As adults, we take social skills for granted... until we encounter someone who lacks them. Helping children develop social skills is viewed as a reasonable educational endeavor in elementary school, but by high school, educators switch to more "serious" subjects. Yet, youth aren't done learning about the social world. Conversely, they are more driven to understand people and sociality during their tween and teen years than as small children. Perhaps it's precisely their passion for learning sociality that devalues this as learning in the eyes of adults.
Earlier this month, I participated in the Digital Natives Workshop hosted by KAIST, the MIT of Korea, and attended by researchers from the U.S. and across the Pacific Rim. My talk on adolescence and the science of attention (entitled “The Kids Are All Right”) has been recorded along with the other presentations and posted on Google Wave by Dave Sonntag, one of the organizers. I also live-blogged at www.hastac.org. After the workshop, we took the three-hour bus trip from Daejeon to Seoul where we had a field day at the Samsung D’Light interactive showcase and then, on Saturday, were part of a Bar Camp at the high-tech Daum University, in a room that came with a slogan: “Beyond Learning.” I’m still pondering that.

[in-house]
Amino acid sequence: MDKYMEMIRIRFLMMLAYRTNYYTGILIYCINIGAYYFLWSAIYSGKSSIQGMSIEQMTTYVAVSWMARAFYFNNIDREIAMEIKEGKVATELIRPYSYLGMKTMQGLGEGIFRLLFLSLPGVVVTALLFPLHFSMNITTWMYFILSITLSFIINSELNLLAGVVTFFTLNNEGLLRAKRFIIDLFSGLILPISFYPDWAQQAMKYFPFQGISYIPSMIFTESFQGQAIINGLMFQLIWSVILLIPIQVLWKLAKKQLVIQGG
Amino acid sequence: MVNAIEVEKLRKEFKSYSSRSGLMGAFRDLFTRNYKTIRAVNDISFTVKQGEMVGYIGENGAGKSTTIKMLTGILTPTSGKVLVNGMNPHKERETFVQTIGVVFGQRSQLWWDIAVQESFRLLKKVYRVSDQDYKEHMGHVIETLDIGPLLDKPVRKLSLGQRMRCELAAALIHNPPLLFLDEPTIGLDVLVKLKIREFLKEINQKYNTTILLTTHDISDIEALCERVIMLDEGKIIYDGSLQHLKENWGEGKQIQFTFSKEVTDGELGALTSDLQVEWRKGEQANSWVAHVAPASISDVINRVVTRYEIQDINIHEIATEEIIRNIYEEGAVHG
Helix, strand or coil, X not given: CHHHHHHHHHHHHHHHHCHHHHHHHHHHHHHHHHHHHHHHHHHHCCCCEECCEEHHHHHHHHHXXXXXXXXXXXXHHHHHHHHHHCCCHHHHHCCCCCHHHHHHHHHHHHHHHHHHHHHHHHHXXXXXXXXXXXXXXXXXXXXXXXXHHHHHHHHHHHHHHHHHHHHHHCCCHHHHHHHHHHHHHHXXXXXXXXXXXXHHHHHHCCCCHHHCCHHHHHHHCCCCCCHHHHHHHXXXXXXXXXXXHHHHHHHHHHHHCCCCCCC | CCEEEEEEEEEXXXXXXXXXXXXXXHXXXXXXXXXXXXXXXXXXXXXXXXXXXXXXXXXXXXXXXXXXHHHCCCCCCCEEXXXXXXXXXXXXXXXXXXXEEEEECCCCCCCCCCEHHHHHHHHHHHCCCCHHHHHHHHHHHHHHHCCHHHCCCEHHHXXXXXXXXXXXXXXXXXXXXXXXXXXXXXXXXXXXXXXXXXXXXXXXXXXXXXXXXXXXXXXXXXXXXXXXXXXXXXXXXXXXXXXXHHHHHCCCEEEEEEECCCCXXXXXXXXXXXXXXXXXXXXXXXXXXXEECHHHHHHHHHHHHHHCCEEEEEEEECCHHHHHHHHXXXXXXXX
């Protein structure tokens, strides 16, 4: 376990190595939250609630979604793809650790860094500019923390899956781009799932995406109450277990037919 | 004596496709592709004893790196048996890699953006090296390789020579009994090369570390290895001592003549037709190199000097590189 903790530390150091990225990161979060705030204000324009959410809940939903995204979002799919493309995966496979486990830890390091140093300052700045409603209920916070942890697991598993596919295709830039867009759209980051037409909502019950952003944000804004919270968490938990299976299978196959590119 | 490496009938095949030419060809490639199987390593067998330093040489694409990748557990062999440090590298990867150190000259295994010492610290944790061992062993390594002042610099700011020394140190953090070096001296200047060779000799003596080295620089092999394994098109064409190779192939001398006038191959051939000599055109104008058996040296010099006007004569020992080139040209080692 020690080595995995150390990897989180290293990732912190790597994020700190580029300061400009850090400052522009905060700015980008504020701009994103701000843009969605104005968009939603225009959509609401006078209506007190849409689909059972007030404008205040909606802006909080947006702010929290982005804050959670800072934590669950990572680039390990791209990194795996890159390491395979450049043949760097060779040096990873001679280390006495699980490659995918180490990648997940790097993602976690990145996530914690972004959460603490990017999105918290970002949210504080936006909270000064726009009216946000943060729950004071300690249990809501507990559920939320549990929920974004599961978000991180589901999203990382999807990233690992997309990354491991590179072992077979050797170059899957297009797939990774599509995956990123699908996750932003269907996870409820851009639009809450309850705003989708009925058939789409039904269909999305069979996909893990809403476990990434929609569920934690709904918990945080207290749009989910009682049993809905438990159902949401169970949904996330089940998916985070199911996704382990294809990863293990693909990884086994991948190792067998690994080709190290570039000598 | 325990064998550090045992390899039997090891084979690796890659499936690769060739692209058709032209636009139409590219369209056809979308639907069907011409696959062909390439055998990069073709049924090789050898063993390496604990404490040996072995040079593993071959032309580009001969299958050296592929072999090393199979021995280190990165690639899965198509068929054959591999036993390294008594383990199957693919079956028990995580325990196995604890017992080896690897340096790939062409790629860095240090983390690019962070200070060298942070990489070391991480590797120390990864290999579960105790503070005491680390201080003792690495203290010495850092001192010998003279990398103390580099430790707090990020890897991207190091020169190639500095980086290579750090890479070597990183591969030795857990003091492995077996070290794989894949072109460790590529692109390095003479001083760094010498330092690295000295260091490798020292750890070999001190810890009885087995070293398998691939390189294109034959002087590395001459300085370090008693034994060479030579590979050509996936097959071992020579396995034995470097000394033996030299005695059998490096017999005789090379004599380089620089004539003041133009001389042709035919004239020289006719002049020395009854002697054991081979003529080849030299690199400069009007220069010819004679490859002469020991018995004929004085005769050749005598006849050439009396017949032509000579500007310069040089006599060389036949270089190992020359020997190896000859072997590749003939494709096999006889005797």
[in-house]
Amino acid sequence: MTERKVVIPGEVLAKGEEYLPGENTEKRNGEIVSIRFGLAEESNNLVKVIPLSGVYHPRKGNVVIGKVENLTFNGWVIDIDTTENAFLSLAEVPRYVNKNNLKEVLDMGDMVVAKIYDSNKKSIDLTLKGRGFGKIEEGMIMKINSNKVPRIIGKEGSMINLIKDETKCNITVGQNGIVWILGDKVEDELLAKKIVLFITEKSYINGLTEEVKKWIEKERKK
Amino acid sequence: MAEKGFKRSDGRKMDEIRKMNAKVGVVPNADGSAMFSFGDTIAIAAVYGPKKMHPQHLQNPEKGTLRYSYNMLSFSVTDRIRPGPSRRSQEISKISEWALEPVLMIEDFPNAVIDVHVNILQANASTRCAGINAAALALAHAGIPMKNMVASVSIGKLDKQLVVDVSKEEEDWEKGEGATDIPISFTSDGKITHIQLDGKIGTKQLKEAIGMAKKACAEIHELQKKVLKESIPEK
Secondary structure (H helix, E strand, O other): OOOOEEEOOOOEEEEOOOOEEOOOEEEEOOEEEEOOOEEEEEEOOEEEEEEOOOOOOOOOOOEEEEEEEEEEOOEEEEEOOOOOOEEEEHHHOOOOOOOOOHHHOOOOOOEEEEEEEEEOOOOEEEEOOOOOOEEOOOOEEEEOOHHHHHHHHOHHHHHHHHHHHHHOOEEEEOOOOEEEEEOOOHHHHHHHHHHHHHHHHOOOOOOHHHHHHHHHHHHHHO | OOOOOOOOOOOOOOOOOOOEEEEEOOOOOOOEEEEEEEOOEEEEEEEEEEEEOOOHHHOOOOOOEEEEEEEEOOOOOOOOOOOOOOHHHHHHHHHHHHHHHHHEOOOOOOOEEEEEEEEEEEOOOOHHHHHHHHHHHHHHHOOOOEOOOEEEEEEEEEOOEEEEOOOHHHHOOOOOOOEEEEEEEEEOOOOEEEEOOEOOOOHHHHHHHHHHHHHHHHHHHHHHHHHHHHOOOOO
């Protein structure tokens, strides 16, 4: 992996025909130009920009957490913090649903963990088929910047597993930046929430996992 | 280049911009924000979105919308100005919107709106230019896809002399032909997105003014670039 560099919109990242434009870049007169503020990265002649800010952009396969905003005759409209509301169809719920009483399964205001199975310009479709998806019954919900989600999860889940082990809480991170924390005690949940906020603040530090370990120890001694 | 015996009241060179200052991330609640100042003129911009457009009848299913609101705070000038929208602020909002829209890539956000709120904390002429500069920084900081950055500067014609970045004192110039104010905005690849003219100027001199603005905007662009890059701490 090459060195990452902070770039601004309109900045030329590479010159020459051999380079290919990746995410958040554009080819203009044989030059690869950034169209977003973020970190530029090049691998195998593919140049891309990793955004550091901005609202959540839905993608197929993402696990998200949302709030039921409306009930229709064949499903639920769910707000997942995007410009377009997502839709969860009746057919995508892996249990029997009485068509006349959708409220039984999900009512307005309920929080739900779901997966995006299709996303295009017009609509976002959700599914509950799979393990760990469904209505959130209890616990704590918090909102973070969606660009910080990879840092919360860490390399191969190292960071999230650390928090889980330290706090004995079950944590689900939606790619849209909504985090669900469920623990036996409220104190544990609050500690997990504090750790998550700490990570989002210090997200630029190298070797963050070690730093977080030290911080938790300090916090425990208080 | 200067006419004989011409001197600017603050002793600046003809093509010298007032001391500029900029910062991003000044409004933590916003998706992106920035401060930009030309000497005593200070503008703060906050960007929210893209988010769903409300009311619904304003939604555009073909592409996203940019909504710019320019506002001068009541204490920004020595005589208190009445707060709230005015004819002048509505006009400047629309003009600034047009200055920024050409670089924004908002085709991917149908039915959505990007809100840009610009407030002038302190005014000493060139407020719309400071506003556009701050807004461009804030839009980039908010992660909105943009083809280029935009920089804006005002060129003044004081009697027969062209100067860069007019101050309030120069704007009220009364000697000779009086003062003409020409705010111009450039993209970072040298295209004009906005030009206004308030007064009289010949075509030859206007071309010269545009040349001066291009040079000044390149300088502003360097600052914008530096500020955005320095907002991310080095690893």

Today, in conjunction with an announcement by President Obama calling for new efforts to reimagine and improve education in science and math, we are announcing a $2 million open competition supported by the John D. and Catherine T. MacArthur Foundation for ideas to transform learning using digital media. The competition